Charleston, South Carolina State Museum close to deal to send Calhoun statue to Columbia

Published: Feb. 7, 2022 at 3:58 PM EST|Updated: Feb. 7, 2022 at 11:20 PM EST
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CHARLESTON, S.C. (WCSC) - A statue of former United States Vice President John C. Calhoun could soon find a new home in a museum in the state’s capital.

The City of Charleston and the South Carolina State Museum said Monday they are close to a deal that would move the Calhoun statue to Columbia.

The statue was removed from Marion Square in Charleston in June 2020 after a unanimous vote from the Charleston City Council, a month after George Floyd was killed in Minneapolis.

Calhoun was the seventh vice president of the U.S., and his support of slavery prompted calls for the statue’s removal.

“As I’ve said from the start, I don’t support erasing history, but rather, serious efforts to place complicated figures such as Mr. Calhoun in their full context,” Charleston Mayor John Tecklenburg said. “And, in this instance, I can’t imagine a more appropriate institution to perform that valuable public service than the SC State Museum.”

As part of the deal, the city would loan the statue to the museum, who would be responsible for transporting it to Columbia, as well as maintaining and preserving it.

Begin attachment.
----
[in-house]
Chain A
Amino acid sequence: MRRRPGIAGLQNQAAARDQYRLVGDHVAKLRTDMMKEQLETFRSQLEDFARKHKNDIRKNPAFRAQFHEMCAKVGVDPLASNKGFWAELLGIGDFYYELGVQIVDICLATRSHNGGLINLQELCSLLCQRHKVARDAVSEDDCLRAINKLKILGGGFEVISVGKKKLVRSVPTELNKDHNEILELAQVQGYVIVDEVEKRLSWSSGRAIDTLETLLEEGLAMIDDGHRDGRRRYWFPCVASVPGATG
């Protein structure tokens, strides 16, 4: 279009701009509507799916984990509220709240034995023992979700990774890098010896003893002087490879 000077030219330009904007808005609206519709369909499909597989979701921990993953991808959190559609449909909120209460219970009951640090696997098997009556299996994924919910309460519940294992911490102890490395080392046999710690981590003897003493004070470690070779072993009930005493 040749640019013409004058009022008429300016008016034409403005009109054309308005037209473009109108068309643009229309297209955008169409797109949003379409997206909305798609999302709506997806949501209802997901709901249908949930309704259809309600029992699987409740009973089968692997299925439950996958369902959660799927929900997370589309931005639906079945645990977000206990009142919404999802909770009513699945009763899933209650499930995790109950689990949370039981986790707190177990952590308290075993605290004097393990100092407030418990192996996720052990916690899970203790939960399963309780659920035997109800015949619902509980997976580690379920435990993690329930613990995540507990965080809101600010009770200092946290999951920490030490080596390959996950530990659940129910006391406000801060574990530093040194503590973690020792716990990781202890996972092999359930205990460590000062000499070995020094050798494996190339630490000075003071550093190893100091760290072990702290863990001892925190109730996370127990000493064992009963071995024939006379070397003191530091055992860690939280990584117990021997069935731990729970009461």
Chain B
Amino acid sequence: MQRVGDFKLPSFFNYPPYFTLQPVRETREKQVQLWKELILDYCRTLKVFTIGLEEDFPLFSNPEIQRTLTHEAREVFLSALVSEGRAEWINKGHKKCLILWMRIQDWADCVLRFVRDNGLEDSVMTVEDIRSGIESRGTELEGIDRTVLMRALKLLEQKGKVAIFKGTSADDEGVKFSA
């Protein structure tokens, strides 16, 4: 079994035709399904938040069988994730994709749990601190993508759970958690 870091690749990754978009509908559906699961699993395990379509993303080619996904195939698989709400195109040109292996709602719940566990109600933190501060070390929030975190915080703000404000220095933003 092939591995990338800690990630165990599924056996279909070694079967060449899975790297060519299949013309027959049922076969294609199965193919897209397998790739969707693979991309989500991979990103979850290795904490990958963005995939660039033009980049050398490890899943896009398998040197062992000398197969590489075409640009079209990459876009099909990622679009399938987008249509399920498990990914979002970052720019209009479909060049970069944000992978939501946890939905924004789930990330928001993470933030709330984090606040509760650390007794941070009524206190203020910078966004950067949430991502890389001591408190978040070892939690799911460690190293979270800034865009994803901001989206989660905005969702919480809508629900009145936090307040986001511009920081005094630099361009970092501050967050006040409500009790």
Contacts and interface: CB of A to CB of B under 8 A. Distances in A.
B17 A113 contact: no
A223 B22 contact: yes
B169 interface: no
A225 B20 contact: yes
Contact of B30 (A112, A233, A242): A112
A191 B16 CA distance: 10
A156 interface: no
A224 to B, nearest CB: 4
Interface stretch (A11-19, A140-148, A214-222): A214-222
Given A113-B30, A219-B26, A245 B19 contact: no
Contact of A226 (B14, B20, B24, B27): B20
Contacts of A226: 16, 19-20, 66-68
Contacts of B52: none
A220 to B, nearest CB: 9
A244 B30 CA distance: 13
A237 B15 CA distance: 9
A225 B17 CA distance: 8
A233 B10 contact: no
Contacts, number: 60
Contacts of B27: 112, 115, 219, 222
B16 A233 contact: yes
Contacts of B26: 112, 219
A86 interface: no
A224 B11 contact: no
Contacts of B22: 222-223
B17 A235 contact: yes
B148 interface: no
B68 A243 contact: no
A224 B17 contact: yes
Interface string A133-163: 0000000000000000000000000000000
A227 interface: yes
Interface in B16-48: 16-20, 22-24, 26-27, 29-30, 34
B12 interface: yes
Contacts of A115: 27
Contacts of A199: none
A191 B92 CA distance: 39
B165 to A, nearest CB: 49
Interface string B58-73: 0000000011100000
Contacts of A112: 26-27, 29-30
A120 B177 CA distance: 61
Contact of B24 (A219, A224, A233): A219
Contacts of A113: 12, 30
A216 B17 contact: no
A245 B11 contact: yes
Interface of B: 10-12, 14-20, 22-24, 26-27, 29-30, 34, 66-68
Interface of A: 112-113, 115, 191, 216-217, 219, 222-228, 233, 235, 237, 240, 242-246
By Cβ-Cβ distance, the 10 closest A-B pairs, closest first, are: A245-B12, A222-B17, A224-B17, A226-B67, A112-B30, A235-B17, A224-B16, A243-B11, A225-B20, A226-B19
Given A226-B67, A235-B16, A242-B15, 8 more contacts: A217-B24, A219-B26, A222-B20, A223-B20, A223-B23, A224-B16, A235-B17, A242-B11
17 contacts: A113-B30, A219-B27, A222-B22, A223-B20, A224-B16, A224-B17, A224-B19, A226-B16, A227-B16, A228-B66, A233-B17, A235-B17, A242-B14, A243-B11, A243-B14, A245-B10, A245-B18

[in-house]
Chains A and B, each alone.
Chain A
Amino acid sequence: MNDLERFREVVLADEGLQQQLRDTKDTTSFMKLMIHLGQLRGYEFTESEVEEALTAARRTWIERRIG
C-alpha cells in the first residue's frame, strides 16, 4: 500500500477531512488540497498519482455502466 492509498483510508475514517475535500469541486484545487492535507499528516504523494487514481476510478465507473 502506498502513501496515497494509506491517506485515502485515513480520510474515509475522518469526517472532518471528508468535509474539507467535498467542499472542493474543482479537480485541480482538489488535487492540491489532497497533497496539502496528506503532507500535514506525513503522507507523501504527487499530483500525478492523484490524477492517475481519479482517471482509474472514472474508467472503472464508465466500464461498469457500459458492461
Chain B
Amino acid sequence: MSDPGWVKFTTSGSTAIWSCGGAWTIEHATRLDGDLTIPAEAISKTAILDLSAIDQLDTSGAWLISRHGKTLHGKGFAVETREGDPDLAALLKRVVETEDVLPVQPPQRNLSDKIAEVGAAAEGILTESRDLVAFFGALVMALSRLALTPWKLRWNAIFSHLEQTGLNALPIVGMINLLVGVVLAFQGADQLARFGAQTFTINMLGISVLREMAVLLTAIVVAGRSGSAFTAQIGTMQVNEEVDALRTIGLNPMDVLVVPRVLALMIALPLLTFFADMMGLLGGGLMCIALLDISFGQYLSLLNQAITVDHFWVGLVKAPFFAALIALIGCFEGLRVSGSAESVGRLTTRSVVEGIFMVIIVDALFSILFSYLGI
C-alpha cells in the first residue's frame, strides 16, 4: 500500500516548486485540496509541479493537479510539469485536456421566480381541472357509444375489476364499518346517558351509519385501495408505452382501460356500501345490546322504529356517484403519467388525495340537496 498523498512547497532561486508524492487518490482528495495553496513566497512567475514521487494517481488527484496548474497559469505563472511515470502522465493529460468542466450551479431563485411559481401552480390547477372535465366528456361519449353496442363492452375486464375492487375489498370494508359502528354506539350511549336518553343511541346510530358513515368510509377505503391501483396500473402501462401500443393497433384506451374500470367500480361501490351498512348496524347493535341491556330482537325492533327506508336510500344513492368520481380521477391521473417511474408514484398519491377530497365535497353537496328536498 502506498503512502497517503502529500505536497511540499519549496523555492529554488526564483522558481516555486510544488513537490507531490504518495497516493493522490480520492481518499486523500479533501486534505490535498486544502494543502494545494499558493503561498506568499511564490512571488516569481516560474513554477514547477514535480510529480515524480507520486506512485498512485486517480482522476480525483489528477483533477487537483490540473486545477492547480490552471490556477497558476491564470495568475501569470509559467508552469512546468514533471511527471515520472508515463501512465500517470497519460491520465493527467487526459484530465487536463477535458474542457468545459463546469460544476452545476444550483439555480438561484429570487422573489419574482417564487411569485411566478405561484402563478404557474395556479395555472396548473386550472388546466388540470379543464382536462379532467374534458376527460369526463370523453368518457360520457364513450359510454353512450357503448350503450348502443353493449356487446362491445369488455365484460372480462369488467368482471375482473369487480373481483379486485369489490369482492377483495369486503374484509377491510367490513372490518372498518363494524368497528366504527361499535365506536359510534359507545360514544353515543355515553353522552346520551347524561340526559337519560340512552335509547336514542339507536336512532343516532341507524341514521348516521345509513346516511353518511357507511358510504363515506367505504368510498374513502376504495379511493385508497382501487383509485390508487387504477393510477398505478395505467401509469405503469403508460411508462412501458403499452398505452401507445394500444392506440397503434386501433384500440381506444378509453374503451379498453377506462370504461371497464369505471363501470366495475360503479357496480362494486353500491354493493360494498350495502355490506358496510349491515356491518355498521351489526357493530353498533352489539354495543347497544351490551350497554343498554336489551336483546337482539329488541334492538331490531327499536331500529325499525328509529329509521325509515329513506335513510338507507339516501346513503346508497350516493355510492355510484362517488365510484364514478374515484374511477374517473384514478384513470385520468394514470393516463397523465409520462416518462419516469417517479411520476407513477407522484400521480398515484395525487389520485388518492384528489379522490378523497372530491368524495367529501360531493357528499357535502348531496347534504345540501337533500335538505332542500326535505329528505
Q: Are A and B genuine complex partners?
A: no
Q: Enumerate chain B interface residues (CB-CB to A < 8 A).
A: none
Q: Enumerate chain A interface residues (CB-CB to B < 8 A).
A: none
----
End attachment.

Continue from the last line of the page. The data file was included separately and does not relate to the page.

“The State Museum looks forward to working with Mayor Tecklenburg and the City of Charleston,” South Carolina State Museum Commission Chairman John F. McCabe said. “We believe the museum will be an important resource in determining an appropriate resolution to the care and interpretation of the monument.”

Brett Barry, the president of the American Heritage Association, an organization that advocates to protect historical monuments, said in a statement:

“The woke movement believes most monuments should be removed from the public square and displayed in museums as oddities of the past. From a state policy perspective, this would set a dangerous precedent that the State Museum is now a repository for South Carolina’s monuments.”

A final decision as to the monument’s fate has not been made yet.

An agreement would need to be approved by the SC State Museum Commission and Charleston City Council.

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